Our musical tastes are formed by a variety of ways. My first influence was my mother. I knew who Elvis was before I could shake my hips and dance in my blue suede shoes! I even knew old school and (then) contemporary (nowadays “classics” and the classics “that old stuff”) country music. One day my I was gifted some 45s of one of my uncles and it was all over. The Beatles were the thing. And musical experimentation of an odd teen (i.e.: I was not listening to the contemporary music but the sounds of my 1950’s aunt; 1960’s uncle and 1970’s mom) went forth. Somewhere along the line I heard my mother talk about Joni Mitchell. Another uncle liked her. Mom? Not a fan. Without realizing it, I think I have always been a bit biased against her. I found folk music (along with some music we shall not name as it is sacred, and others just do not understand) but Joni never came up. Therefore, I went at Joni: The Lyrical Life of Joni Mitchell blind.
I figure if you are writing a biography, you probably are a fan of the subject and there is no question that Selina Alko is a fan of Mitchell. I still cannot name a Joni Mitchell song, but I can see how she influence the music scene and how it influenced her. How could it not when you hang around the likes of Bob Dylan and Mama Cass? And those are just a few of the heavy hitters she encountered. The highlights of Ms. Mitchell’s life are the focus. Things you might not know about her (and even familiar gems) grace the pages of Alko’s work. The art is mixed media with realistic abstract elements. They are colorful and bold. And to me probably meant to be as lyrical as fans consider her music. While I enjoyed reading about the life of Joni, I was appreciating the illustrations more. That gave me the idea of the spirit Alko thinks Mitchell is.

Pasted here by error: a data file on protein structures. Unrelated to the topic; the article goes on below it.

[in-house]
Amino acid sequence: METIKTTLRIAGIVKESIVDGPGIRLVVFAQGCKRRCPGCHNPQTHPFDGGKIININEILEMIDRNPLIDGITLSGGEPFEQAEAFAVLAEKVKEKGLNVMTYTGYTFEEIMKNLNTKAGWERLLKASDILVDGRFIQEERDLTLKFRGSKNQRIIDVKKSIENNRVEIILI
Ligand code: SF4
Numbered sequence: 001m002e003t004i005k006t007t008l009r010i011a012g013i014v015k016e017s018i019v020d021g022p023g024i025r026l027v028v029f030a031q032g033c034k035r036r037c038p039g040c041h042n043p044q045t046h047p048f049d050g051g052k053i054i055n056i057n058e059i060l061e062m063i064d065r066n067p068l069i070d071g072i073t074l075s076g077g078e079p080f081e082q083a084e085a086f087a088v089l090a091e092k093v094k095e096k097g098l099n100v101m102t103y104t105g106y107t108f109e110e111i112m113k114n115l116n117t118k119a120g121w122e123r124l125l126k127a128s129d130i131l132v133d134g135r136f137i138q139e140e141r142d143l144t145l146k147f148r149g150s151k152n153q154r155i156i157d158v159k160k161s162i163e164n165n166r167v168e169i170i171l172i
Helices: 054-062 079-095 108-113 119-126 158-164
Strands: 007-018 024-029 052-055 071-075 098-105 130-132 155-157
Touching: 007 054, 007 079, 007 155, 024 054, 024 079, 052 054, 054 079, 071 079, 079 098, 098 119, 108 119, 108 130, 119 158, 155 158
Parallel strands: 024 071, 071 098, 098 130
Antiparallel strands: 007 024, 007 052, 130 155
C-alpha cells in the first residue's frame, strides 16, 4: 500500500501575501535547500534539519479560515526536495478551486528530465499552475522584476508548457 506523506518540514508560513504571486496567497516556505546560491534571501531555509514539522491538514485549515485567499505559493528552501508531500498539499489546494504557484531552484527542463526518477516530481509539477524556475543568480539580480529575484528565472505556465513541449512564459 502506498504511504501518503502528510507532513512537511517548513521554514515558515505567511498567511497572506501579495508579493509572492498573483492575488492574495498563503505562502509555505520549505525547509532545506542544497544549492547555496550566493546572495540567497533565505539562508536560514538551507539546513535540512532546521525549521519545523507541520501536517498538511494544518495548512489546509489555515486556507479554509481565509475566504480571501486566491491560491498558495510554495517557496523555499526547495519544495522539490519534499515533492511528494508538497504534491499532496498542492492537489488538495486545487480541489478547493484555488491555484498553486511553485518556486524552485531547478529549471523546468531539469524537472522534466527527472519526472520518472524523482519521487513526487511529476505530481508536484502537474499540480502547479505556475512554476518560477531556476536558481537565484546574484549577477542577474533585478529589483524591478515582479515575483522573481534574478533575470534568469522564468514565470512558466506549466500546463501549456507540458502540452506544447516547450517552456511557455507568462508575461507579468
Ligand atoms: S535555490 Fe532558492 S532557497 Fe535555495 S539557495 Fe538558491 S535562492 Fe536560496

I honestly cannot see a lot of kids being interested in folk music or Mitchell. However, the good thing about this book is, it is here if they are! It is here for a piece of Women’s History we do not usually hear about. It is here for a piece of Canadian history. It is here for a piece of music history. The book is here to be experienced. It is a nice introduction for ages 5 to 8/9 (you could go higher but the picture book format might be a turn off) and of course, if you are looking for a quirky book for your adult friend.